This study helps to measure the social welfare effect of the ACA premium tax subsidies, a federal policy that has prompted debate amidst talk of ACA repeal and replacement. We already know that premium subsidies offer significant financial protection to consumers, and have been linked to a decrease in financial burdens. In this study, researchers find that the money saved through access to subsidized coverage and the financial protection of health insurance leads to lower home payment delinquencies, offsetting one-third of the cost to provide such subsidies through social welfare savings. Policymakers should consider the downstream impacts of premium subsidies before reducing or curtailing such benefits.
Gangopahyaya, A., et al. How Have Workers Fared Under the ACA? Urban Institute; November 8, 2018. A popular argument against implementing the ACA’s reforms was that employers would reduce work hours and overall employment or push employees out of job-based coverage and into the government-subsidized individual market. Researchers with the Urban Institute assess whether the coverage gains during the first six years of the health law were associated with changes to labor market outcomes.
What It Finds
- From 2010-2016, coverage rates among the employed increased from 81.6 percent to 89.4 percent, with eleven million more workers covered in 2016 than if the ACA was not in effect.
- Within an occupation, no association was found between changes in worker coverage rates and changes in employment levels, the number of hours worked, or weekly earnings between 2010-2016
- Approximately 9.4 million workers, or 85 percent of those who gained coverage between 2010-2016 accessed coverage through non-employer coverage such as the individual market or Medicaid; occupations that experienced greater increases in non-employer coverage also experienced increases in employer coverage.
- The workforce saw an 8 percent increase between 2010-2016, with almost all occupations gaining more workers during this timeframe.
Why It Matters
Whether or not the ACA is detrimental to workers is an important element of the law’s political sustainability. Although some policymakers predicted that the employer mandate and the introduction of subsidized would cause harm in the workforce, this study shows that these concerns have not been borne out.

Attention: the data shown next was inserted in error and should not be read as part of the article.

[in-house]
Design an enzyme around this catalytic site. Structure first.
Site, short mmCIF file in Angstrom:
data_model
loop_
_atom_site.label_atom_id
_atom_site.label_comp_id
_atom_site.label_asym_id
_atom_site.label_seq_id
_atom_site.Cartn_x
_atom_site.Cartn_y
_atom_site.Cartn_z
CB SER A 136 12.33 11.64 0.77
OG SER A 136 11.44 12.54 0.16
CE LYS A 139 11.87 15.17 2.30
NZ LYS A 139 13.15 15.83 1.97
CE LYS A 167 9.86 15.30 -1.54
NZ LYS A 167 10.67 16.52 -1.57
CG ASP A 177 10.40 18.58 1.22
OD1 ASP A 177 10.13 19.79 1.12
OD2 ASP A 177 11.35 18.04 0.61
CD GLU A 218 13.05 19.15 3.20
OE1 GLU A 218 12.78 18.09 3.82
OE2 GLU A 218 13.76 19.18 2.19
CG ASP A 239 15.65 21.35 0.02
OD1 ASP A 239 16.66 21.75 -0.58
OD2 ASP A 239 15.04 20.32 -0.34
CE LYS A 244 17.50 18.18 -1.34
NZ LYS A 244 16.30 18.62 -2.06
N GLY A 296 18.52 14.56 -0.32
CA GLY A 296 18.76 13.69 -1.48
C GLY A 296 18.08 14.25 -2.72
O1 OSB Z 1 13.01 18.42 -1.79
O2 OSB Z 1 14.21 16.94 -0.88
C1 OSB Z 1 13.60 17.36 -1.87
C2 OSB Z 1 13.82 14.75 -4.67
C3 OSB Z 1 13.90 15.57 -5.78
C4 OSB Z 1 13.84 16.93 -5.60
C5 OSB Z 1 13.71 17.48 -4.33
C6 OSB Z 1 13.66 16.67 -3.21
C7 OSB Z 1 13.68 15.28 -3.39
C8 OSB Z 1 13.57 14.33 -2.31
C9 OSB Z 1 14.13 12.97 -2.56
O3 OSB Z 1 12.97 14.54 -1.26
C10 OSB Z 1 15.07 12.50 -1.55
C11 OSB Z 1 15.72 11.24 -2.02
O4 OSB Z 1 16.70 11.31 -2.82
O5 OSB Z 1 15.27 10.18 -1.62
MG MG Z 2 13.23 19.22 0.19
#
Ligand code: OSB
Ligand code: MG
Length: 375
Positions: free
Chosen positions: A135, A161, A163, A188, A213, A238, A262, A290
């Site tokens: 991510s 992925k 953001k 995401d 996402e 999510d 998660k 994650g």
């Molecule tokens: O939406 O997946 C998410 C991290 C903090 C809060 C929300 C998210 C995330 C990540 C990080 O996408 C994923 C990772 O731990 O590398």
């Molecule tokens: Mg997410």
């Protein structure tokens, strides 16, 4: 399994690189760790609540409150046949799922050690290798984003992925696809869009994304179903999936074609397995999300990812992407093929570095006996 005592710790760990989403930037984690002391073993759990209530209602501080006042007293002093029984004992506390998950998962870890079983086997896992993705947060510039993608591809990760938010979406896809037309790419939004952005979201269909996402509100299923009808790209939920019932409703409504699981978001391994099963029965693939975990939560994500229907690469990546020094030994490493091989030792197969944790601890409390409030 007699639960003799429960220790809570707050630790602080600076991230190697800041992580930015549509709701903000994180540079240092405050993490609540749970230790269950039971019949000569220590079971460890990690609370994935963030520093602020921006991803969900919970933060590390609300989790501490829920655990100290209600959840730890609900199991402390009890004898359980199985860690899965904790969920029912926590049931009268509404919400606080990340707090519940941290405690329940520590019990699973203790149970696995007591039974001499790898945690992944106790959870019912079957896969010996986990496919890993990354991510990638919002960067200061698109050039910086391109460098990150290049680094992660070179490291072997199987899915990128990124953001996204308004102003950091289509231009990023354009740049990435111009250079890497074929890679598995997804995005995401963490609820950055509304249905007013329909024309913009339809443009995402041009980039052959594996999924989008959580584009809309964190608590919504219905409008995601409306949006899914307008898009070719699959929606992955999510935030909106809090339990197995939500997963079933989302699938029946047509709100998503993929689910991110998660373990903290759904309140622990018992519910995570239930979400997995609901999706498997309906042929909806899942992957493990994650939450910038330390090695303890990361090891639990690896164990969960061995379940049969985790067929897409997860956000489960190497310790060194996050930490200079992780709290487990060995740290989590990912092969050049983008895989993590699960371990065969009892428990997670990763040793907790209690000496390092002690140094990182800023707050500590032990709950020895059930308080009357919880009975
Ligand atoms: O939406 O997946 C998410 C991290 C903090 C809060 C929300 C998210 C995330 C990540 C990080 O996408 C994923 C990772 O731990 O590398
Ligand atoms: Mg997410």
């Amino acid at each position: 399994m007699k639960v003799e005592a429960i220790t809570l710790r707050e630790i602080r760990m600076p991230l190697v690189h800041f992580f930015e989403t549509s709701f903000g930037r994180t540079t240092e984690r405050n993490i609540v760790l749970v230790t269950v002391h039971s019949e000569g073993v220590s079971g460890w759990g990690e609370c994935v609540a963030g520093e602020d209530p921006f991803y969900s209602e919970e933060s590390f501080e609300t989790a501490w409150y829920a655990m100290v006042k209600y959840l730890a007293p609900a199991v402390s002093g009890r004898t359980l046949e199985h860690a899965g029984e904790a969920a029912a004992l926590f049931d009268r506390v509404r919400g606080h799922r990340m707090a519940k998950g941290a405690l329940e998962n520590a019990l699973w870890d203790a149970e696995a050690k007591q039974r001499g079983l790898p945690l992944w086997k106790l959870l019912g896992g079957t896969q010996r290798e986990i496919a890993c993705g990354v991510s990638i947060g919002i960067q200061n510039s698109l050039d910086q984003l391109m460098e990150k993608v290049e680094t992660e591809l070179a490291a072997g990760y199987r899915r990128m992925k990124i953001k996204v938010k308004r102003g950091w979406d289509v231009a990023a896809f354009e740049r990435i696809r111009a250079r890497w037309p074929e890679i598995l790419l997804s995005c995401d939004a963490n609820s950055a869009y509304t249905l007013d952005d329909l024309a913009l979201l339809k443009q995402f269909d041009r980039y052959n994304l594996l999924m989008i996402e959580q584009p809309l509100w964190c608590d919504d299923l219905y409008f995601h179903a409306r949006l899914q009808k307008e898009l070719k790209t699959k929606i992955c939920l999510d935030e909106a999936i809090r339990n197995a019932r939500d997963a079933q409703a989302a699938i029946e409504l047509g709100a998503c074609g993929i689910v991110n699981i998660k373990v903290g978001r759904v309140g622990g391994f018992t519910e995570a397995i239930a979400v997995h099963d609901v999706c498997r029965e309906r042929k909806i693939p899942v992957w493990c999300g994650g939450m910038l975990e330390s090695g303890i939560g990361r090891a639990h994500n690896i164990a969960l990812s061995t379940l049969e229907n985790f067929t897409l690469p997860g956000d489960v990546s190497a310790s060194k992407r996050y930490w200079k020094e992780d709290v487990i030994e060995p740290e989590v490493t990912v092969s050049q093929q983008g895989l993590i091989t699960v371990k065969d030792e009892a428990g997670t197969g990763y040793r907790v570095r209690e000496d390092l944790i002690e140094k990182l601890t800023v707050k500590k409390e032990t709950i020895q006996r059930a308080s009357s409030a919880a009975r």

Neuman, P. and Jacobson, G. Medicare Advantage Checkup. New England Journal of Medicine; November 29, 2018. Since 2005, enrollment in Medicare Advantage, the private-plan alternative to traditional Medicare, has increased from 6 million to 20 million beneficiaries. In this publication, researchers analyze the current state of the program to determine how Medicare Advantage measures up to traditional Medicare and whether the program is achieving its established goals, and identify ongoing challenges.
What It Finds
- Only 10 percent of Medicare Advantage enrollees switch plans each year. This lack of movement could prevent insurers from designing competitive products, potentially leading to higher premiums, cost sharing, and fewer benefits.
- Currently, Medicare payments to Medicare Advantage plans are approximately equal to the per-capita costs of traditional Medicare.
- Quality across Medicare Advantage plans varies, with non-profits, HMOs, and hospital-run plans outperforming their counterparts.
- Medicare Advantage plans generally score better on preventive services and screening measures than traditional Medicare, and have been found to have better outcomes with post-acute care, such as fewer hospital readmissions; however, there is little information on quality outcomes for high-need patients, who have shown higher disenrollment rates.
Why It Matters
Medicare Advantage has been suggested as a model for a Medicare for All or similar system that could gain bipartisan support. However, this analysis finds that although Medicare Advantage expands plan choice greatly for most people, the program is not necessarily saving the federal government money, and there are some concerns about the quality of care when compared to the traditional program. As policymakers consider ideas that involve extending Medicare coverage to the entire nation, understanding how Medicare works for those currently enrolled will be key to crafting a successful policy.